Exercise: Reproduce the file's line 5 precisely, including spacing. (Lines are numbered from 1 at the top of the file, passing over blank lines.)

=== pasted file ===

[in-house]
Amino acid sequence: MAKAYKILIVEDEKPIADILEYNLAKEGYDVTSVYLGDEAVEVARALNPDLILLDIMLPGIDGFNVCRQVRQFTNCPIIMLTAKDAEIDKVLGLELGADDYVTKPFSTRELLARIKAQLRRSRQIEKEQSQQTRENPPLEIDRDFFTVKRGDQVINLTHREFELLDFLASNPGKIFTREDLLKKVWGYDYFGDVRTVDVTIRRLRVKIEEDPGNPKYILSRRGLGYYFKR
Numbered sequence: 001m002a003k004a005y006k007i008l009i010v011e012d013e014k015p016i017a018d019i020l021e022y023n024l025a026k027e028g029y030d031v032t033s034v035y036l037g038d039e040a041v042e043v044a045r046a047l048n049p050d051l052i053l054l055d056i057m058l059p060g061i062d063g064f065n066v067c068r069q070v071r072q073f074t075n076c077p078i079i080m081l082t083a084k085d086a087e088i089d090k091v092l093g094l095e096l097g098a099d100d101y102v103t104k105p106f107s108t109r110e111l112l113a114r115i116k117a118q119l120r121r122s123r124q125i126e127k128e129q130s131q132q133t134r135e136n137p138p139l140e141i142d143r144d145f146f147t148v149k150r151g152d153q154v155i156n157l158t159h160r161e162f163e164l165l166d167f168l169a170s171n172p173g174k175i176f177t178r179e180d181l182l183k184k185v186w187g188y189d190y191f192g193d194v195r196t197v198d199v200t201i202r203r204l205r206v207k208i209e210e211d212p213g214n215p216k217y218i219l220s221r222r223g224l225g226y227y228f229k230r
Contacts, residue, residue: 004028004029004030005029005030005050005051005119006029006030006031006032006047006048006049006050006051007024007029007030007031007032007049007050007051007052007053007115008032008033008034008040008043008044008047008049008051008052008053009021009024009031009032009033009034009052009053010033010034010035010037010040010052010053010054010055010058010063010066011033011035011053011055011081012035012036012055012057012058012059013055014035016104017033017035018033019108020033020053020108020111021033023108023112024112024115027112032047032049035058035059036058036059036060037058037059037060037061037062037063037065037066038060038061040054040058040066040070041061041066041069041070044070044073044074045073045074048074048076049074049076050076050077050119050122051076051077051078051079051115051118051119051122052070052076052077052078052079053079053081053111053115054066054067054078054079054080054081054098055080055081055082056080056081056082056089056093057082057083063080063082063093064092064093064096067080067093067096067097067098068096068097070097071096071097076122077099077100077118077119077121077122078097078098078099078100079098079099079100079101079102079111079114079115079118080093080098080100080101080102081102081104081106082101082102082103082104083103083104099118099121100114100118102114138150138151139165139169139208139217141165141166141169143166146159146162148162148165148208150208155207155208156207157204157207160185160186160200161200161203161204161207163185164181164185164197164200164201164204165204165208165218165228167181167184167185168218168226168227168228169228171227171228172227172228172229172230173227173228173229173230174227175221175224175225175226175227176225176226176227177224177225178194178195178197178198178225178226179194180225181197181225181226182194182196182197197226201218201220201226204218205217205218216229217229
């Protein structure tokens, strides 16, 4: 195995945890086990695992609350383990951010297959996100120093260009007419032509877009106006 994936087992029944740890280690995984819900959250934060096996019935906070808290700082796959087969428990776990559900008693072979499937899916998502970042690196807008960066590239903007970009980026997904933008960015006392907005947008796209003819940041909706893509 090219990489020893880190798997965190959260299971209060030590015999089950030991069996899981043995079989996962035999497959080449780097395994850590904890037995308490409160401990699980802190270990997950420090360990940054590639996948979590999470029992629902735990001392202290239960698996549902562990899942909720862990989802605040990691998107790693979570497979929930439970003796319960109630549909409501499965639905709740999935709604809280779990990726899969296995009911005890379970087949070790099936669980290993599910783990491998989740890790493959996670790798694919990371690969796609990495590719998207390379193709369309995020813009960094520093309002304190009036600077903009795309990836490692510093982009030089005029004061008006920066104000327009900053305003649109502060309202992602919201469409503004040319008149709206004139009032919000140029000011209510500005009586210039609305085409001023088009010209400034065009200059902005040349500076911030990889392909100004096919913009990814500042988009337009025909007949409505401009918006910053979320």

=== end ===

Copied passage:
């Protein structure tokens, strides 16, 4: 195995945890086990695992609350383990951010297959996100120093260009007419032509877009106006 994936087992029944740890280690995984819900959250934060096996019935906070808290700082796959087969428990776990559900008693072979499937899916998502970042690196807008960066590239903007970009980026997904933008960015006392907005947008796209003819940041909706893509 090219990489020893880190798997965190959260299971209060030590015999089950030991069996899981043995079989996962035999497959080449780097395994850590904890037995308490409160401990699980802190270990997950420090360990940054590639996948979590999470029992629902735990001392202290239960698996549902562990899942909720862990989802605040990691998107790693979570497979929930439970003796319960109630549909409501499965639905709740999935709604809280779990990726899969296995009911005890379970087949070790099936669980290993599910783990491998989740890790493959996670790798694919990371690969796609990495590719998207390379193709369309995020813009960094520093309002304190009036600077903009795309990836490692510093982009030089005029004061008006920066104000327009900053305003649109502060309202992602919201469409503004040319008149709206004139009032919000140029000011209510500005009586210039609305085409001023088009010209400034065009200059902005040349500076911030990889392909100004096919913009990814500042988009337009025909007949409505401009918006910053979320």